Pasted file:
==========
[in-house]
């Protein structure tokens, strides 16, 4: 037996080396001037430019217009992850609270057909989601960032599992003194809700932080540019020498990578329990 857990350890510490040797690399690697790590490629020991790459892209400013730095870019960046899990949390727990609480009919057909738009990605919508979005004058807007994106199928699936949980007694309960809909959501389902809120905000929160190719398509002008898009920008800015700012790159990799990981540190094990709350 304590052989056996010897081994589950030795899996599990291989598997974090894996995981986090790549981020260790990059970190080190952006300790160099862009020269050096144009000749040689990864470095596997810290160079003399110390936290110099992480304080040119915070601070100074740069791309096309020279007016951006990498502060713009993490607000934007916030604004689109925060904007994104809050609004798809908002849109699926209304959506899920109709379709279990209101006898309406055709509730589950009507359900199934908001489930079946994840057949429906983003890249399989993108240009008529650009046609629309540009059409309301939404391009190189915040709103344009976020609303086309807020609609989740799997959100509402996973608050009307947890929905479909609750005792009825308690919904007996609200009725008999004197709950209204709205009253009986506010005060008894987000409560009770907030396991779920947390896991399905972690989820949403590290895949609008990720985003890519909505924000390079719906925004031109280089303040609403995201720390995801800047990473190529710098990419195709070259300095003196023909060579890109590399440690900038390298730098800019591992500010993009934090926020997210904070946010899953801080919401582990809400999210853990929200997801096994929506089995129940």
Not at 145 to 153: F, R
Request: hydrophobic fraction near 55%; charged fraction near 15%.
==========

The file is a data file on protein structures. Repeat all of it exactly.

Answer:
[in-house]
């Protein structure tokens, strides 16, 4: 037996080396001037430019217009992850609270057909989601960032599992003194809700932080540019020498990578329990 857990350890510490040797690399690697790590490629020991790459892209400013730095870019960046899990949390727990609480009919057909738009990605919508979005004058807007994106199928699936949980007694309960809909959501389902809120905000929160190719398509002008898009920008800015700012790159990799990981540190094990709350 304590052989056996010897081994589950030795899996599990291989598997974090894996995981986090790549981020260790990059970190080190952006300790160099862009020269050096144009000749040689990864470095596997810290160079003399110390936290110099992480304080040119915070601070100074740069791309096309020279007016951006990498502060713009993490607000934007916030604004689109925060904007994104809050609004798809908002849109699926209304959506899920109709379709279990209101006898309406055709509730589950009507359900199934908001489930079946994840057949429906983003890249399989993108240009008529650009046609629309540009059409309301939404391009190189915040709103344009976020609303086309807020609609989740799997959100509402996973608050009307947890929905479909609750005792009825308690919904007996609200009725008999004197709950209204709205009253009986506010005060008894987000409560009770907030396991779920947390896991399905972690989820949403590290895949609008990720985003890519909505924000390079719906925004031109280089303040609403995201720390995801800047990473190529710098990419195709070259300095003196023909060579890109590399440690900038390298730098800019591992500010993009934090926020997210904070946010899953801080919401582990809400999210853990929200997801096994929506089995129940």
Not at 145 to 153: F, R
Request: hydrophobic fraction near 55%; charged fraction near 15%.